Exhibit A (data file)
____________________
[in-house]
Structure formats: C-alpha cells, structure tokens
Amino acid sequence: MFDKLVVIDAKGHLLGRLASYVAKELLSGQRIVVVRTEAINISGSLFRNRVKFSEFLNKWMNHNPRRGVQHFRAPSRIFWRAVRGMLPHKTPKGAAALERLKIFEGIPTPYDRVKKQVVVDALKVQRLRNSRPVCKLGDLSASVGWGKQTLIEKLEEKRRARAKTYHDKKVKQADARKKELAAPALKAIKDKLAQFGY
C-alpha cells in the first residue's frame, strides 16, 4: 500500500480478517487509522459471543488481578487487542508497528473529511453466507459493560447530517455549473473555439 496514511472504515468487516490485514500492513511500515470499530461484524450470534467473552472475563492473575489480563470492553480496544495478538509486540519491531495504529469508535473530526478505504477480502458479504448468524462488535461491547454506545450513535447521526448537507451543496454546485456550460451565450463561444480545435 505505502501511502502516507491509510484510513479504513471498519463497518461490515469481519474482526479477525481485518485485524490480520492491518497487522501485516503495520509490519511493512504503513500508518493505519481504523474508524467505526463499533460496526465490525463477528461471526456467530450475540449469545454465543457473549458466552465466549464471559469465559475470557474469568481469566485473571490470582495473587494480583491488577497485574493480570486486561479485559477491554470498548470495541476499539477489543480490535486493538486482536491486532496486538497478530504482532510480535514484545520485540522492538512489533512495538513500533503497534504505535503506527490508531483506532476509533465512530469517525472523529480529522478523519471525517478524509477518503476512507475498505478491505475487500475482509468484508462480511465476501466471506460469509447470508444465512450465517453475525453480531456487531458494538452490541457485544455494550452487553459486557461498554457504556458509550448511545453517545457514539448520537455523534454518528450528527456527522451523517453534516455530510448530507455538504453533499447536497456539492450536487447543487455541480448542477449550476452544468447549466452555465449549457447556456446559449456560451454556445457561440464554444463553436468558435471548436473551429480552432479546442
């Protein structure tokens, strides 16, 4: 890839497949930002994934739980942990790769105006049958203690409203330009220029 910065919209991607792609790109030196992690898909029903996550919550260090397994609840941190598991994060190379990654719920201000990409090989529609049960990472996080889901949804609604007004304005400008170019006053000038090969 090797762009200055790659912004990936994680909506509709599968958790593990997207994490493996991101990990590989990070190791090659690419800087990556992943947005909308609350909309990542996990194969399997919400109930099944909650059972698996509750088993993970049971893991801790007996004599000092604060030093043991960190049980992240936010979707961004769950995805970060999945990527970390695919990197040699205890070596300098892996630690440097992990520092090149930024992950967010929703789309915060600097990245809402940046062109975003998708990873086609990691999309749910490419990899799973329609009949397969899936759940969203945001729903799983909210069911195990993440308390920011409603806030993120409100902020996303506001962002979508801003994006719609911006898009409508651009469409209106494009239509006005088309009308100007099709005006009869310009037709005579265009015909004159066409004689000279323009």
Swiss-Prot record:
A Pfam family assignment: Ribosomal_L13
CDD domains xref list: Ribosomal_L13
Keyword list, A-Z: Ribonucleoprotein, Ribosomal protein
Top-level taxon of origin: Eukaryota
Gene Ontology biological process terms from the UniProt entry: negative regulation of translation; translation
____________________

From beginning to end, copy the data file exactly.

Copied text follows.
[in-house]
Structure formats: C-alpha cells, structure tokens
Amino acid sequence: MFDKLVVIDAKGHLLGRLASYVAKELLSGQRIVVVRTEAINISGSLFRNRVKFSEFLNKWMNHNPRRGVQHFRAPSRIFWRAVRGMLPHKTPKGAAALERLKIFEGIPTPYDRVKKQVVVDALKVQRLRNSRPVCKLGDLSASVGWGKQTLIEKLEEKRRARAKTYHDKKVKQADARKKELAAPALKAIKDKLAQFGY
C-alpha cells in the first residue's frame, strides 16, 4: 500500500480478517487509522459471543488481578487487542508497528473529511453466507459493560447530517455549473473555439 496514511472504515468487516490485514500492513511500515470499530461484524450470534467473552472475563492473575489480563470492553480496544495478538509486540519491531495504529469508535473530526478505504477480502458479504448468524462488535461491547454506545450513535447521526448537507451543496454546485456550460451565450463561444480545435 505505502501511502502516507491509510484510513479504513471498519463497518461490515469481519474482526479477525481485518485485524490480520492491518497487522501485516503495520509490519511493512504503513500508518493505519481504523474508524467505526463499533460496526465490525463477528461471526456467530450475540449469545454465543457473549458466552465466549464471559469465559475470557474469568481469566485473571490470582495473587494480583491488577497485574493480570486486561479485559477491554470498548470495541476499539477489543480490535486493538486482536491486532496486538497478530504482532510480535514484545520485540522492538512489533512495538513500533503497534504505535503506527490508531483506532476509533465512530469517525472523529480529522478523519471525517478524509477518503476512507475498505478491505475487500475482509468484508462480511465476501466471506460469509447470508444465512450465517453475525453480531456487531458494538452490541457485544455494550452487553459486557461498554457504556458509550448511545453517545457514539448520537455523534454518528450528527456527522451523517453534516455530510448530507455538504453533499447536497456539492450536487447543487455541480448542477449550476452544468447549466452555465449549457447556456446559449456560451454556445457561440464554444463553436468558435471548436473551429480552432479546442
């Protein structure tokens, strides 16, 4: 890839497949930002994934739980942990790769105006049958203690409203330009220029 910065919209991607792609790109030196992690898909029903996550919550260090397994609840941190598991994060190379990654719920201000990409090989529609049960990472996080889901949804609604007004304005400008170019006053000038090969 090797762009200055790659912004990936994680909506509709599968958790593990997207994490493996991101990990590989990070190791090659690419800087990556992943947005909308609350909309990542996990194969399997919400109930099944909650059972698996509750088993993970049971893991801790007996004599000092604060030093043991960190049980992240936010979707961004769950995805970060999945990527970390695919990197040699205890070596300098892996630690440097992990520092090149930024992950967010929703789309915060600097990245809402940046062109975003998708990873086609990691999309749910490419990899799973329609009949397969899936759940969203945001729903799983909210069911195990993440308390920011409603806030993120409100902020996303506001962002979508801003994006719609911006898009409508651009469409209106494009239509006005088309009308100007099709005006009869310009037709005579265009015909004159066409004689000279323009």
Swiss-Prot record:
A Pfam family assignment: Ribosomal_L13
CDD domains xref list: Ribosomal_L13
Keyword list, A-Z: Ribonucleoprotein, Ribosomal protein
Top-level taxon of origin: Eukaryota
Gene Ontology biological process terms from the UniProt entry: negative regulation of translation; translation